John Ellis (Harwich MP)

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John Ellis (1643–1738) was an English official and Member of Parliament.


Born in or about 1643, he was the eldest son of John Ellis, author of Vindiciæ Catholicæ, by his wife Susannah, daughter of William Welbore of Cambridge. He received his education at Westminster School, and was elected student of Christ Church, Oxford, in 1664. At college he met Humphrey Prideaux, with whom he formed a lifelong friendship. Ellis did not take a degree, but obtained employment in the secretary of state's office.

In March 1672 he was under Sir Joseph Williamson in the paper office, Whitehall. On the promotion of Williamson to be secretary of state in the autumn of 1674 Ellis lost his situation. He obtained, however, the appointment of secretary to Sir Leoline Jenkins, one of the envoys chosen to attend the conference at Nijmegen, the Netherlands, and set out 20 December 1675. He was employed in this capacity until September 1677. His doings during this period of his life were set down in his Journal of Proceedings of the Nimeguen Conference, 1674–1677, and Note Book at Nimeguen, 1675–6. From 1678 to 1680 Ellis acted as secretary to Thomas Butler, 6th Earl of Ossory. At the beginning of 1680 he made another journey into the Netherlands to lay before the States-General the claims of Lord Ossory to the rank of general, which the latter had received from the Prince of Orange. He was successful in obtaining the necessary confirmation. After the death of Ossory in August 1680 Ellis became secretary to his father, James Butler, 1st Duke of Ormonde, then lord-lieutenant of Ireland. In October 1682 he received the appointment of secretary to the commissioners of the revenue of Ireland, a post he continued until the Glorious Revolution.

He left Dublin for England early in 1689, and his place at the Irish treasury was filled up by someone on the spot. Towards the end of 1689 he became secretary to James Butler, 2nd Duke of Ormonde, as he had been before to his father, the Earl of Ossory. Two years later he was one of the commissioners of transports, and finally under-secretary of state in May 1695. He filled for ten years the office of under-secretary to four successive secretaries of state; but after some misunderstanding with Sir Charles Hedges, he resigned in May 1705. William III had given him the place of comptroller of the Mint, worth £500 a year on 23 May 1701. The office was confirmed to him in the next reign by letters patent of 11 June 1702. In 1711 he was deprived of it by Robert Harley, and he petitioned to be reinstated at the accession of George I.

Ellis sat for Harwich, Essex, in the parliaments of 1702–5 and 1705–8, and in 1710 unsuccessfully contested Rye, Sussex. He died unmarried at his house in Pall Mall 8 July 1738, aged 95. By making use of opportunities while in office he had become wealthy.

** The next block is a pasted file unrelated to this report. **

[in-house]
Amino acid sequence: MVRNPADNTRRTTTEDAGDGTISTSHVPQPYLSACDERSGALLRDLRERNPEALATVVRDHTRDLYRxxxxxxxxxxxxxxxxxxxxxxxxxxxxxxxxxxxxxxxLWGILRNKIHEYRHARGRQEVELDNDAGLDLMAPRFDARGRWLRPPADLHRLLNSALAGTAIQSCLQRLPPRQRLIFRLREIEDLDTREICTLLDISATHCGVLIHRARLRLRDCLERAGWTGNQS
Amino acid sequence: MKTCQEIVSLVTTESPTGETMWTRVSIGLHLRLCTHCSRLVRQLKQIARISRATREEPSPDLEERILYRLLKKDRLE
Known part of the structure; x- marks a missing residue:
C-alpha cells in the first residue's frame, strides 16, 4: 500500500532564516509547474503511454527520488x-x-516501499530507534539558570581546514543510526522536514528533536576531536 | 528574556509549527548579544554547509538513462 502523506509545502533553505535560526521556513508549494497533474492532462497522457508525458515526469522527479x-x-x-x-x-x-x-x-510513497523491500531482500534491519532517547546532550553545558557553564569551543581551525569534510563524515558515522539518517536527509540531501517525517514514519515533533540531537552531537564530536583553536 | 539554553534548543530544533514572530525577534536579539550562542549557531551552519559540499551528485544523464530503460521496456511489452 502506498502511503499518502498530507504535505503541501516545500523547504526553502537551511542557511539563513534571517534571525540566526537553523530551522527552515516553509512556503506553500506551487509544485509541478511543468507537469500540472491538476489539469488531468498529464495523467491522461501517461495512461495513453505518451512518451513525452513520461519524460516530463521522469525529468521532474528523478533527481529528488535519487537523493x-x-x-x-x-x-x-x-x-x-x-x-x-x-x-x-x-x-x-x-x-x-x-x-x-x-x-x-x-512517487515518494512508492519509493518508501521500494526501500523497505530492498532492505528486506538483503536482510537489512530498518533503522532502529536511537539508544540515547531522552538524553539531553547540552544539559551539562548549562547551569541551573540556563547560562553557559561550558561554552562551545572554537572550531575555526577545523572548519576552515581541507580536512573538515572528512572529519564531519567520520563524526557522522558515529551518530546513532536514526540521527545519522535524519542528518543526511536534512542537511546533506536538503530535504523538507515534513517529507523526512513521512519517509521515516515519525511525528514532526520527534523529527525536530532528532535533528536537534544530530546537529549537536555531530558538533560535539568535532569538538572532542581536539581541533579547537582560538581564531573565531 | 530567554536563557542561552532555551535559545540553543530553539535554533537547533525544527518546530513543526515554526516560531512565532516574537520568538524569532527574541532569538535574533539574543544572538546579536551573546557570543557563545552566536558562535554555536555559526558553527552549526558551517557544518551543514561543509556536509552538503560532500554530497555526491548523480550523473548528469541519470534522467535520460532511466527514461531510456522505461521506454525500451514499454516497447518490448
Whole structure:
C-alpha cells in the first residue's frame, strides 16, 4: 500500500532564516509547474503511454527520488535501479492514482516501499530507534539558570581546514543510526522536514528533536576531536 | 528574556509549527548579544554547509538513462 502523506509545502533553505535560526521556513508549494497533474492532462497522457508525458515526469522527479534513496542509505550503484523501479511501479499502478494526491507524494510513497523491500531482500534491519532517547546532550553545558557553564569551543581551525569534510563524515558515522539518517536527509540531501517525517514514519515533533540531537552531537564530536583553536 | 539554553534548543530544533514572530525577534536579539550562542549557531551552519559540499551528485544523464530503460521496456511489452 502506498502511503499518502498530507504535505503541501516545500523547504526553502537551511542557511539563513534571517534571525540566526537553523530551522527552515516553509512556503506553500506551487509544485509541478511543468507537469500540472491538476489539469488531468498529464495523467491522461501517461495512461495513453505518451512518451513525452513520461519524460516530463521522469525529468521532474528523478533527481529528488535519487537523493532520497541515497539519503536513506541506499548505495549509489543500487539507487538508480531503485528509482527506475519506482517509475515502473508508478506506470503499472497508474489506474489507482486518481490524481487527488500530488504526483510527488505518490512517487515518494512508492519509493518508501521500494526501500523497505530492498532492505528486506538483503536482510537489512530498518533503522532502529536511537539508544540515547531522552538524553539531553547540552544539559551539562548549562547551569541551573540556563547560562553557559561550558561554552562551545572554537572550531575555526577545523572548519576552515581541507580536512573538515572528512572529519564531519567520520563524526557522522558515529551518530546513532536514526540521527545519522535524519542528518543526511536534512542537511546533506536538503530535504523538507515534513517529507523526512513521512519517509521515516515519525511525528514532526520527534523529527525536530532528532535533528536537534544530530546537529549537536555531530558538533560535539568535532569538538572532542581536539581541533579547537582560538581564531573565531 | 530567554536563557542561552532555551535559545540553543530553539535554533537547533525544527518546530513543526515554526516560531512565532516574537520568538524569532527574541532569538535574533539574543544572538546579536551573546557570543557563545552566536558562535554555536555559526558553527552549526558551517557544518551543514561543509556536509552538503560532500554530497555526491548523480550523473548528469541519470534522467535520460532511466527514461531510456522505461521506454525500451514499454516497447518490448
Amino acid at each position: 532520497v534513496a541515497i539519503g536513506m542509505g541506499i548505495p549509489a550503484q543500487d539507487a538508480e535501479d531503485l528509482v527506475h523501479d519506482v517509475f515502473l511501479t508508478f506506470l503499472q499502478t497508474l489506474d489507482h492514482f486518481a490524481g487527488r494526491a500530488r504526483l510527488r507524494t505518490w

Legacy and reputation[edit]

He gave towards the buildings in Peckwater quadrangle at Christ Church, Oxford. To his Jacobite brother, Sir William Ellis (died 1732), he had lent £1,231, and in consideration of the debt he received a grant of the brother's forfeited estate in Ireland from William III. The estate having been ‘resumed’ and vested in trustees by the Act of Resumption (11 and 12 Will. III) ‘before he had received any benefit by it,’ Ellis in the next reign petitioned parliament for a bill of relief, and obtained it in May 1702. He died possessed of the estate.

Ellis left a large collection of letters addressed to him on both public and private matters. Two volumes of his correspondence during 1686, 1687, and 1688 were edited in 1829 by George Agar-Ellis, a descendant of his brother Welbore Ellis. Attention had already been drawn to the value of the manuscript by Sir Henry Ellis, who published some extracts in vol. iv., 2nd ser., of his Original Letters. In 1872 the trustees of the British Museum purchased from Thomas Parker, 6th Earl of Macclesfield a voluminous collection of Ellis's official and private correspondence and papers extending from 1643 to 1720. The letters from Humphrey Prideaux, ranging from 1674 to 1722, but with many gaps, were edited for the Camden Society in 1875 by Sir Edward Maunde Thompson. Ellis's letters to George Stepney, 1700–8, are in Additional MSS.

Ellis was one of the many lovers of the Duchess of Cleveland. His intrigue is mysteriously alluded to in six lines of Alexander Pope's Sober Advice from Horace, implying that, having offended the duchess by boasting of the intimacy, he was, at her instigation, castrated. In a poem called The Town Life he is singled out from certain disreputable company as "that epitome of lewdness, Ellys" (Poems on Affairs of State, ed. 1703–7, i. 192). There is also allusion to him in The Session of the Poets (ib. i. 210).


  •  This article incorporates text from a publication now in the public domain"Ellis, John (1643?-1738)". Dictionary of National Biography. London: Smith, Elder & Co. 1885–1900.
Parliament of England
Preceded by Member of Parliament for Harwich
With: Sir Thomas Davall
Succeeded by
Parliament of Great Britain
Parliament of Great Britain
Preceded by
Parliament of England
Member of Parliament for Harwich
With: Sir Thomas Davall
Succeeded by